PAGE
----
He was a salesman at the company where I had gone to work after graduating from engineering school. And he routinely made my life, and the lives of the other engineers and programmers with which I worked, crazy difficult as he made wild promises during the sales cycle that we then had to fulfill in our product on impossible deadlines.
It was the classic tension between sales and engineering. There should have been a class on it when I was in school. I might have called it “Sales Douchebaggery 101” but perhaps the topic would better have been wrapped into a larger course on life as a working engineer. Cost constraints out the wazoo. Adding features to a product without doing necessary redesign of existing features to keep them resilient and performing well. Being bogged down by the avalanche of customer support that follows releasing such a product. And all the while, sales promising crazy stuff to prospects to get them to sign on the line. Sales happily wrote checks, if you will, that engineers then had to figure out how to cash.
This particular salesman was the king of signing us up to build stuff on impossible deadlines. He seemed to take special glee at doing it. Cynically, we all grumbled to ourselves that it was about making his commission check as fat as possible. One of the engineers delivered this classic line: “He’s in sales. That means he’s coin operated.” I’ve gotten a lot of mileage out of that one.
And then one day he showed up at work in a brand new, first-year Lincoln Mark VIII. It was a stunning car in a pearly white. I believe Lincoln called it “white opalescent,” and it was the first time I ever noticed a white like that on a car. Such a deep white, almost liquid. I expected that if I touched the car, my fingers would ooze into the body and come back wet. It was mesmerizing.
Yet I was filled with anger and jealousy. Here was this guy blithely, happily making engineering lives miserable and making a metric crap ton of dough while doing it. I wasn’t going to make that kind of money anytime soon as an engineer. Now, my money was good enough to pay the rent and put me into a brand new Chevy, so I knew better than to plead financial injustice. No, this was about not having to suffer the consequences of his actions and living a lifestyle that reinforced his bad behavior. Such bullshit.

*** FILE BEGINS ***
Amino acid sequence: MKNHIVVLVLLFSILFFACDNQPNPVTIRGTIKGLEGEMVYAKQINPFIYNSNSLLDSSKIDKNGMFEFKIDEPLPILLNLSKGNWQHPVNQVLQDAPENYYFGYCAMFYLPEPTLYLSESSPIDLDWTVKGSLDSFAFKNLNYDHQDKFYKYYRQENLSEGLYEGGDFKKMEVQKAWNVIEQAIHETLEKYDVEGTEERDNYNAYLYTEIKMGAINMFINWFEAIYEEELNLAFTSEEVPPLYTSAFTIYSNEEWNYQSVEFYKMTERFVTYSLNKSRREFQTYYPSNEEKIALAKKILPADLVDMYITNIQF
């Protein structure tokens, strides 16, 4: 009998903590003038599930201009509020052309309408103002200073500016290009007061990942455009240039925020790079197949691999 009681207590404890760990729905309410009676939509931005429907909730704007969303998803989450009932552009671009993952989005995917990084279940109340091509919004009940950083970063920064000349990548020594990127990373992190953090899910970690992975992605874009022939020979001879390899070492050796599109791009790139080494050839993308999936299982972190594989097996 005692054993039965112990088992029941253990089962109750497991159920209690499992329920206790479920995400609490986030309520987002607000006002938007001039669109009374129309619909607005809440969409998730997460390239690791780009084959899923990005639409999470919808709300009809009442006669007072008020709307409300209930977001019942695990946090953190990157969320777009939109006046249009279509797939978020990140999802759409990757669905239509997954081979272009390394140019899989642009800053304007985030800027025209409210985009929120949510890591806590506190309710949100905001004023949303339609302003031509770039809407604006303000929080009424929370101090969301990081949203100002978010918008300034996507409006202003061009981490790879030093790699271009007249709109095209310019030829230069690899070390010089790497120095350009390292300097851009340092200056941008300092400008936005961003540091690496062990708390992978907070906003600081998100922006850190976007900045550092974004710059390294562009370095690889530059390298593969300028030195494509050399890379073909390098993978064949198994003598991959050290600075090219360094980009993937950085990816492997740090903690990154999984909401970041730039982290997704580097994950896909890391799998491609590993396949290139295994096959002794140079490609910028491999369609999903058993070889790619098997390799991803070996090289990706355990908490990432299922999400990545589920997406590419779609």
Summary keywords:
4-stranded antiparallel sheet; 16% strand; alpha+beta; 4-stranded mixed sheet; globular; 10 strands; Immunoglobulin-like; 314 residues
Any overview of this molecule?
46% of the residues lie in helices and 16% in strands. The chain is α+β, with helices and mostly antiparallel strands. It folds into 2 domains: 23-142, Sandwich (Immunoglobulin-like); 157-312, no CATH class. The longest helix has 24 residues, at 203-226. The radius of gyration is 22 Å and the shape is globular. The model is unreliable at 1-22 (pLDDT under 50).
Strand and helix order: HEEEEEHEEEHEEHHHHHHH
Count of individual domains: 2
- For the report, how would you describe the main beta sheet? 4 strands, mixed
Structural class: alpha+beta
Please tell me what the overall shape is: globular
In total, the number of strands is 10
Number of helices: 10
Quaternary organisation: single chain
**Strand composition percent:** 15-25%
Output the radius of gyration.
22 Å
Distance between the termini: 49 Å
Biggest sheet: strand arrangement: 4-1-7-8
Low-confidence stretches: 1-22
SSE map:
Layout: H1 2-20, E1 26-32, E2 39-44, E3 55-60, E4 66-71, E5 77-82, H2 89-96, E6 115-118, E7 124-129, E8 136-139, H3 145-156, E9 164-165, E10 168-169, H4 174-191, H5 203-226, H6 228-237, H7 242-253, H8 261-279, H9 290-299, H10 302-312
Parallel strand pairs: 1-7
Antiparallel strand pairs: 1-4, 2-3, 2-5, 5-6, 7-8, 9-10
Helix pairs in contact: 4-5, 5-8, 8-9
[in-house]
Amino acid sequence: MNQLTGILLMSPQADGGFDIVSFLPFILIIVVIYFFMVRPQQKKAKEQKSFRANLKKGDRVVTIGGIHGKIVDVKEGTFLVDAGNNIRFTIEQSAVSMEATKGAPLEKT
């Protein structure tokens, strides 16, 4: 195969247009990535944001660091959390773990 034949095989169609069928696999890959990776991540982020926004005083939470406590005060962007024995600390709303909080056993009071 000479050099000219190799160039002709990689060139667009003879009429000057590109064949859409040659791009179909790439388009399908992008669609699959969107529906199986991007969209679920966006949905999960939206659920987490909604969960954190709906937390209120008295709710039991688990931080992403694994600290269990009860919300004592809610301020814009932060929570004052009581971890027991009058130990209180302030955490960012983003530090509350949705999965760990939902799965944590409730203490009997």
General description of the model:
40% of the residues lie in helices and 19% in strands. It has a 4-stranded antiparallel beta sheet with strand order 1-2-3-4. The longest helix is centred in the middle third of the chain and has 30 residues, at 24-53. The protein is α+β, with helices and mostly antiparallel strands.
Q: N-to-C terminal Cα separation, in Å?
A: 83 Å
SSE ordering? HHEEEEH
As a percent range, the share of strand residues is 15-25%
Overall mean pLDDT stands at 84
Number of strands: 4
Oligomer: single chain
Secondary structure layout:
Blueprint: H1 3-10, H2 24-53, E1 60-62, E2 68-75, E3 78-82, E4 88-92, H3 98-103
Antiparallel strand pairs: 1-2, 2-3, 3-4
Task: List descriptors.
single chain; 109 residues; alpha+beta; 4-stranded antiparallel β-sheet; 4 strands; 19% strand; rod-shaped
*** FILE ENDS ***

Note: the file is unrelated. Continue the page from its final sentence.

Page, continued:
That was 23 years ago. Since then I’ve worked for many other companies, successful and not, and have learned a few key things about sales. First and foremost: celebrate every sale, because they keep your paychecks from bouncing. I’ve lived through that and never want to again. But second, that company simply had a lot to learn about successful product marketing and sales. The sales team was left to fend entirely for itself, with no coherent story to tell about our product line and nothing that generated qualified leads for them to follow. Every sale they made, they earned from the ground up – cold calls, relationship building, and then doing what they had to do, even making stuff up, to get a yes so they could meet their quotas. It had to be brutal. So no wonder this guy was so giddy every time he closed a sale. He worked his butt off to make it happen. And so now I don’t sweat him his Lincoln.
Seeing this one in the parking lot of a Cracker Barrel recently in sort of sad condition reminded me of that fellow. I looked him up on LinkedIn. He’s still selling in that industry, for a company we all derided then as being a bottom feeder, the last place in our industry for which you’d ever want to work. Looks like his career had a similar trajectory to this Lincoln: still going, but not looking all that great. Fortunately, I’ve grown up enough to feel a little sorry for him.